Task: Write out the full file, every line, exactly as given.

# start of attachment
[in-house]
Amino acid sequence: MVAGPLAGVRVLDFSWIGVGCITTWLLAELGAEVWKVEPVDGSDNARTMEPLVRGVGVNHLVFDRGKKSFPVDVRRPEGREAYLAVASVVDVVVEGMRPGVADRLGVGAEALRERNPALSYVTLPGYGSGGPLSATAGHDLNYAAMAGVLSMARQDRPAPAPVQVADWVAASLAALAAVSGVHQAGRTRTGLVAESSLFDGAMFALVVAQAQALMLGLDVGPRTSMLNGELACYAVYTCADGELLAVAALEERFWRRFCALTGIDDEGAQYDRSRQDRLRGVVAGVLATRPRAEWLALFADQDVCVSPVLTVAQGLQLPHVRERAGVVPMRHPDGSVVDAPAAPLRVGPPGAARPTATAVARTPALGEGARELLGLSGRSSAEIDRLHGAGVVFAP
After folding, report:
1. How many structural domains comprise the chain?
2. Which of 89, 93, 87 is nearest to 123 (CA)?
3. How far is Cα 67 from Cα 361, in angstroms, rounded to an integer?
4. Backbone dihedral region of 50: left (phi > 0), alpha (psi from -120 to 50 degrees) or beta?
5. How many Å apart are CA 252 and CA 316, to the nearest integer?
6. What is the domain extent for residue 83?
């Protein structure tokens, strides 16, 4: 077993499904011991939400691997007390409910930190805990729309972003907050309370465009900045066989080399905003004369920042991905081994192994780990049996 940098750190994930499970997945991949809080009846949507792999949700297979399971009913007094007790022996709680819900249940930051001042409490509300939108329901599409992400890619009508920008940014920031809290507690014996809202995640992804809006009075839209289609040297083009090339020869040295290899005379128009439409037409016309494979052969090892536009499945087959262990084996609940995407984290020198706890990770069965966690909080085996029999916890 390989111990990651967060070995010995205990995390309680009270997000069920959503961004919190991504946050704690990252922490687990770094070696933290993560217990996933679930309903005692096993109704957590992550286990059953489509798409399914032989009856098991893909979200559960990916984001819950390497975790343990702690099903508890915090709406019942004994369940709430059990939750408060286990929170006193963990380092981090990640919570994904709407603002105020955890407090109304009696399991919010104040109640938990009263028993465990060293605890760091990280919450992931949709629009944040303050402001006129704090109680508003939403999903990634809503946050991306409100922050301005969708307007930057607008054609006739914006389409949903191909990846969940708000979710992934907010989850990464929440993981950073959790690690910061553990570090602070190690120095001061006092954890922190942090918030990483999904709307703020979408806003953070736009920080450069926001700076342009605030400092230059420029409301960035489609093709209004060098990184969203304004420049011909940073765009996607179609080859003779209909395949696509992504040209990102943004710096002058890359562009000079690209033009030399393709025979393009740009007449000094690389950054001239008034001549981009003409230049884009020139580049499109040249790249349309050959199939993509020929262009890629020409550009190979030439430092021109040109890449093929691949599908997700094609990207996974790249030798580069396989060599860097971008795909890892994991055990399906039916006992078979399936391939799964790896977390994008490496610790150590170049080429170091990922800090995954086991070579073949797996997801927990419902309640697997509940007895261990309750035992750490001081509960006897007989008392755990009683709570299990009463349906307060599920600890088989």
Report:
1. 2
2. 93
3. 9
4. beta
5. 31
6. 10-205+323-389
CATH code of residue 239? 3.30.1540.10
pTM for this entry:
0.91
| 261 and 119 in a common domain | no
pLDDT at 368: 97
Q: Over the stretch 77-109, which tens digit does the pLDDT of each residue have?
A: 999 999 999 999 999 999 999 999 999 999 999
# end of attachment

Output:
[in-house]
Amino acid sequence: MVAGPLAGVRVLDFSWIGVGCITTWLLAELGAEVWKVEPVDGSDNARTMEPLVRGVGVNHLVFDRGKKSFPVDVRRPEGREAYLAVASVVDVVVEGMRPGVADRLGVGAEALRERNPALSYVTLPGYGSGGPLSATAGHDLNYAAMAGVLSMARQDRPAPAPVQVADWVAASLAALAAVSGVHQAGRTRTGLVAESSLFDGAMFALVVAQAQALMLGLDVGPRTSMLNGELACYAVYTCADGELLAVAALEERFWRRFCALTGIDDEGAQYDRSRQDRLRGVVAGVLATRPRAEWLALFADQDVCVSPVLTVAQGLQLPHVRERAGVVPMRHPDGSVVDAPAAPLRVGPPGAARPTATAVARTPALGEGARELLGLSGRSSAEIDRLHGAGVVFAP
After folding, report:
1. How many structural domains comprise the chain?
2. Which of 89, 93, 87 is nearest to 123 (CA)?
3. How far is Cα 67 from Cα 361, in angstroms, rounded to an integer?
4. Backbone dihedral region of 50: left (phi > 0), alpha (psi from -120 to 50 degrees) or beta?
5. How many Å apart are CA 252 and CA 316, to the nearest integer?
6. What is the domain extent for residue 83?
């Protein structure tokens, strides 16, 4: 077993499904011991939400691997007390409910930190805990729309972003907050309370465009900045066989080399905003004369920042991905081994192994780990049996 940098750190994930499970997945991949809080009846949507792999949700297979399971009913007094007790022996709680819900249940930051001042409490509300939108329901599409992400890619009508920008940014920031809290507690014996809202995640992804809006009075839209289609040297083009090339020869040295290899005379128009439409037409016309494979052969090892536009499945087959262990084996609940995407984290020198706890990770069965966690909080085996029999916890 390989111990990651967060070995010995205990995390309680009270997000069920959503961004919190991504946050704690990252922490687990770094070696933290993560217990996933679930309903005692096993109704957590992550286990059953489509798409399914032989009856098991893909979200559960990916984001819950390497975790343990702690099903508890915090709406019942004994369940709430059990939750408060286990929170006193963990380092981090990640919570994904709407603002105020955890407090109304009696399991919010104040109640938990009263028993465990060293605890760091990280919450992931949709629009944040303050402001006129704090109680508003939403999903990634809503946050991306409100922050301005969708307007930057607008054609006739914006389409949903191909990846969940708000979710992934907010989850990464929440993981950073959790690690910061553990570090602070190690120095001061006092954890922190942090918030990483999904709307703020979408806003953070736009920080450069926001700076342009605030400092230059420029409301960035489609093709209004060098990184969203304004420049011909940073765009996607179609080859003779209909395949696509992504040209990102943004710096002058890359562009000079690209033009030399393709025979393009740009007449000094690389950054001239008034001549981009003409230049884009020139580049499109040249790249349309050959199939993509020929262009890629020409550009190979030439430092021109040109890449093929691949599908997700094609990207996974790249030798580069396989060599860097971008795909890892994991055990399906039916006992078979399936391939799964790896977390994008490496610790150590170049080429170091990922800090995954086991070579073949797996997801927990419902309640697997509940007895261990309750035992750490001081509960006897007989008392755990009683709570299990009463349906307060599920600890088989």
Report:
1. 2
2. 93
3. 9
4. beta
5. 31
6. 10-205+323-389
CATH code of residue 239? 3.30.1540.10
pTM for this entry:
0.91
| 261 and 119 in a common domain | no
pLDDT at 368: 97
Q: Over the stretch 77-109, which tens digit does the pLDDT of each residue have?
A: 999 999 999 999 999 999 999 999 999 999 999